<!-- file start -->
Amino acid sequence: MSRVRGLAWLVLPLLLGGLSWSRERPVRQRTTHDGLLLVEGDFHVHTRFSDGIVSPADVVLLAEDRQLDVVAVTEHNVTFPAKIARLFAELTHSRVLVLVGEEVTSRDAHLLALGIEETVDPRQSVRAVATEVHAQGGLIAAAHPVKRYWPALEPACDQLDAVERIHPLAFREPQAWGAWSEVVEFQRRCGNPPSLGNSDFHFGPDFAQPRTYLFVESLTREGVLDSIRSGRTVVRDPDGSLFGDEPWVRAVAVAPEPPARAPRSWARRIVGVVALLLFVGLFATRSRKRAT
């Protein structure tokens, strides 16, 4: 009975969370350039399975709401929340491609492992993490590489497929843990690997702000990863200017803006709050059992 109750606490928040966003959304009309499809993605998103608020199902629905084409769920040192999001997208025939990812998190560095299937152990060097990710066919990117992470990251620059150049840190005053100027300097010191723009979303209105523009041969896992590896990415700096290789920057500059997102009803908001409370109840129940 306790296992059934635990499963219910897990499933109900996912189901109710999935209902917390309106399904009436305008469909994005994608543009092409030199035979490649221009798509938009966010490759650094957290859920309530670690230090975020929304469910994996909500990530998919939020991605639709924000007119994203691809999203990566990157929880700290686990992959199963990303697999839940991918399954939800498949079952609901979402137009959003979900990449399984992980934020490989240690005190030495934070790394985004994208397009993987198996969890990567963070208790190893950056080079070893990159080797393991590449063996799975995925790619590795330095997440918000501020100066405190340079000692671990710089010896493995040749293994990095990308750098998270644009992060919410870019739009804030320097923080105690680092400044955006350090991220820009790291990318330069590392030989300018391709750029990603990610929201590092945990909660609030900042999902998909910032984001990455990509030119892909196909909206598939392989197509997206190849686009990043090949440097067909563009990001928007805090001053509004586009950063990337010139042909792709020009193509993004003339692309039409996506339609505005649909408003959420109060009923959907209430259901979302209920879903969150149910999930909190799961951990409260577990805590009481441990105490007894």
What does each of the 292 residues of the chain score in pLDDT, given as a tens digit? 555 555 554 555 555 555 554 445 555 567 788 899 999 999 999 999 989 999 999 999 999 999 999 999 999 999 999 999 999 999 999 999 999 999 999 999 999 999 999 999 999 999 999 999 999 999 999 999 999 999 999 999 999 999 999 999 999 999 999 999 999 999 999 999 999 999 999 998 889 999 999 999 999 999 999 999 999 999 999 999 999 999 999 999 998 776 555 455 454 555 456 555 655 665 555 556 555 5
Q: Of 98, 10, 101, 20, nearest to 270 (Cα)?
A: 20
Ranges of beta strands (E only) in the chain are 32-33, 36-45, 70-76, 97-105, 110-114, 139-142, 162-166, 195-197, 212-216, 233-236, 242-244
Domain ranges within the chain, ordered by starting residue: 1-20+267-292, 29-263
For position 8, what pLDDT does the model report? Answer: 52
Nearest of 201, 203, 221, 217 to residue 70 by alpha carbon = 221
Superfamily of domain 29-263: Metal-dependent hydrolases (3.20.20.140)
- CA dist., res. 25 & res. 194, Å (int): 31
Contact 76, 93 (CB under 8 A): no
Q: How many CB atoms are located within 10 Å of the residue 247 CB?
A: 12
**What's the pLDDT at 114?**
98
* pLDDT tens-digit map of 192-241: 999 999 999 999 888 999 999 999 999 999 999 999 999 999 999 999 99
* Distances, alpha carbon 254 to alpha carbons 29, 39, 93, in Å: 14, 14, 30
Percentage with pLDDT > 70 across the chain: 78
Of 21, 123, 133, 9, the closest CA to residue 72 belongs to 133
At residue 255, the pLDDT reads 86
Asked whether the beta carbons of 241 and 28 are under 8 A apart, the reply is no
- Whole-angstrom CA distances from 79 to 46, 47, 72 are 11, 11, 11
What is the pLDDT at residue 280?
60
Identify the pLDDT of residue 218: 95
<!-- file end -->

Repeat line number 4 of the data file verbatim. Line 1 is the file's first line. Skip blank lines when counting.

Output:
Q: Of 98, 10, 101, 20, nearest to 270 (Cα)?